Why Every Medical Practice Will be on Facebook…. (your competition already is)

Most Doctors don’t get Facebook, Twitter, or Google+. This is to say that they have no idea how fast these venues that seemingly have no impact on day to day operations of a medical practice are about to have dramatic effects on the business of medicine.

Recently, I had the opportunity to meet with a regional set of clinics that cater to patients needing same day care. That night, I decided to Google them for fun. Wow! They are easy to find online. Why? Because they’re everywhere in meaningful ways. No, I don’t mean physically with locations. I mean they have great reviews that show up on Google and push up their ranking. They have a Facebook page, they do online appointments, and even have a system to see patients via Skype.

These offerings enable the practice to get the e-mail addresses of all of their patients and their patients want to disclose this information since the clinic is providing value in the exchange. Now the clinics can send reminders, vaccine updates, health advisories, and procure their image as thought leaders in healthcare to their patients. Shockingly, although I shouldn’t be so surprised, was that many of the patient reviews said things like “I’m leaving my primary care provider; why would I wait three weeks for my old doctor to see me?”, “The care is excellent, environment is nicer, and they even have fresh coffee and tea while I wait and use the free wi-fi”. Do you think this group may offer some competition to the old PCP model or Urgent Care clinics that charge significantly more?

So how does this apply to Facebook and how does that relate to you as a physician or other healthcare provider? There are many ways to use Facebook professionally and some may go out of the scope of this article. You already know that patients are looking for you on Google, but did you know that they may also be searching for you on Facebook? That’s right, Facebook as a search engine. It doesn’t appear that Mr. Zuckerberg is trying to replace Google but he has made it clear that Facebook will continue to grow in search capability. In the box at the top, you can search. Here is what happens when I search for “Portland Doctor”. Pain Management Specialist Portland, OR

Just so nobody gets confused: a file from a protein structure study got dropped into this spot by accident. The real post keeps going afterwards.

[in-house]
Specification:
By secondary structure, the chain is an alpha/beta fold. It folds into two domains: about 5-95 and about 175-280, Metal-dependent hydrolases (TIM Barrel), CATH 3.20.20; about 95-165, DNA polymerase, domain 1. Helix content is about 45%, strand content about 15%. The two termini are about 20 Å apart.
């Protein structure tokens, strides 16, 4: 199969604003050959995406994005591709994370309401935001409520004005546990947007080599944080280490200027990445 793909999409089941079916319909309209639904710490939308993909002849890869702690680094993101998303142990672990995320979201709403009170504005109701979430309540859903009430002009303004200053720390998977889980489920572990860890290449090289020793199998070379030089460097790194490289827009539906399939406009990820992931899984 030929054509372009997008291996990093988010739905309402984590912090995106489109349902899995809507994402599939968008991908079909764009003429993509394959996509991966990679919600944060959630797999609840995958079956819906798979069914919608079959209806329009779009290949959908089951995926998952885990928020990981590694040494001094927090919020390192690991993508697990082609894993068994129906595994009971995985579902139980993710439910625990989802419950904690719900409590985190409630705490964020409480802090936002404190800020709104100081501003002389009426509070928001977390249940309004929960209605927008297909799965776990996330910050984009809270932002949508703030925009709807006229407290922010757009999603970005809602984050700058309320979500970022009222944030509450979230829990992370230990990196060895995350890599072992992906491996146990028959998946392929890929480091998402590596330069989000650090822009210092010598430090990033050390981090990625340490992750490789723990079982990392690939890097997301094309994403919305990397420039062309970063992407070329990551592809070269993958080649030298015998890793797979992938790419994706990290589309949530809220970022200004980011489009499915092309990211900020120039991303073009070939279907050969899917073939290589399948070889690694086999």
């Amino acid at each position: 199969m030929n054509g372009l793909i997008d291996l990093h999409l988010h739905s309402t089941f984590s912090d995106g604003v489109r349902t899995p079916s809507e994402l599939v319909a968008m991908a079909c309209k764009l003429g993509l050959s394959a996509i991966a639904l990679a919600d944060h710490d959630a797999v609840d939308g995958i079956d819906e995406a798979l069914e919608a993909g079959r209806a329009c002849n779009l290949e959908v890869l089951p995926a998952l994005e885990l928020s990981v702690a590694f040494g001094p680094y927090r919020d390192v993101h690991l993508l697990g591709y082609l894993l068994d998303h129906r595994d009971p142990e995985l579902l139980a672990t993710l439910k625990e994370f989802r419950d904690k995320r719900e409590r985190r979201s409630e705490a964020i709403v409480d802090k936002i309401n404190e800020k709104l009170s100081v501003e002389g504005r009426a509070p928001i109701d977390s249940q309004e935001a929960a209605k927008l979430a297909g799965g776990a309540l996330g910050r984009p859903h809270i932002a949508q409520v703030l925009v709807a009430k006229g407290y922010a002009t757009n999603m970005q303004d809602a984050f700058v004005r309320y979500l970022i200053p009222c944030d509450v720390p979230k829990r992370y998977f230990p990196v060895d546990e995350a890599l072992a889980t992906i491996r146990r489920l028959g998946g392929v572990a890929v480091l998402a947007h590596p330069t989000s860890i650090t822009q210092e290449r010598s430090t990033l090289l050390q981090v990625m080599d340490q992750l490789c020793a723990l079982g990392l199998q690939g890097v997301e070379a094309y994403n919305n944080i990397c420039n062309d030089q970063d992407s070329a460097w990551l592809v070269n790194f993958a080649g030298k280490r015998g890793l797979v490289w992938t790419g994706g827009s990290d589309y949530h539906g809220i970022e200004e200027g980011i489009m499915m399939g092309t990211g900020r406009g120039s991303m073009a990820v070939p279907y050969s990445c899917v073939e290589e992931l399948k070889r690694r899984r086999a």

Where would you like to be on the list for your city? If you’d at least like to be on the list, you’ll need a Facebook business page. If you want to rank high on the list, you’ll need to optimize your page. A few things to remember include that Facebook loves pictures and video. Most important is simply filling out your About page so that the correct info is there. The last thing you want is an incorrect listing and by doing the basics, you also minimize the risk that your patients will find duplicate pages. It is unfortunately common to find what I’ll call “ghost” pages on your practice or business. Nobody knows who created them and nobody ever posted or did anything with them. You can get rid of these, but it’s a bit of a nuisance and involves contacting Facebook support. Personally, I leave them alone or try to claim them so that I can manage them or even re-purpose the page for enhanced marketing.

Patients trust doctors that they feel they can communicate with on Facebook. The next step in Facebook marketing for a medical practice is to decide who may post, who will monitor for posts, and how you will go about managing any negative comments from upset patients. None of this is really that difficult but enough could be said to warrant another article. How Doctors communicate with patients online and boundaries are a topic of debate. The Golden Rule: Remember HIPAA applies online too! Don’t discuss medical conditions or any of the patient identifiers.

Facebook is a marketing tool and a huge opportunity to develop professional relationships with patients, other Doctors, and other clinics that may be excellent sources of referrals. Think of who you want to “like” your page. Share what may be relevant to them. Offer content that will be useful such as photos of your practice, patient referral forms, info on current medical emergencies, research from WebMD that relates to the conditions you treat, videos of you or your physicians discussing important ways to prepare for a procedure. The ways to harness Facebook are a bit limited by HIPAA and general common sense, but overall it is only your imagination that draws the lines.

I’m sure there is much to add, so please comment below on positive ideas you have for using Facebook in a medical setting.

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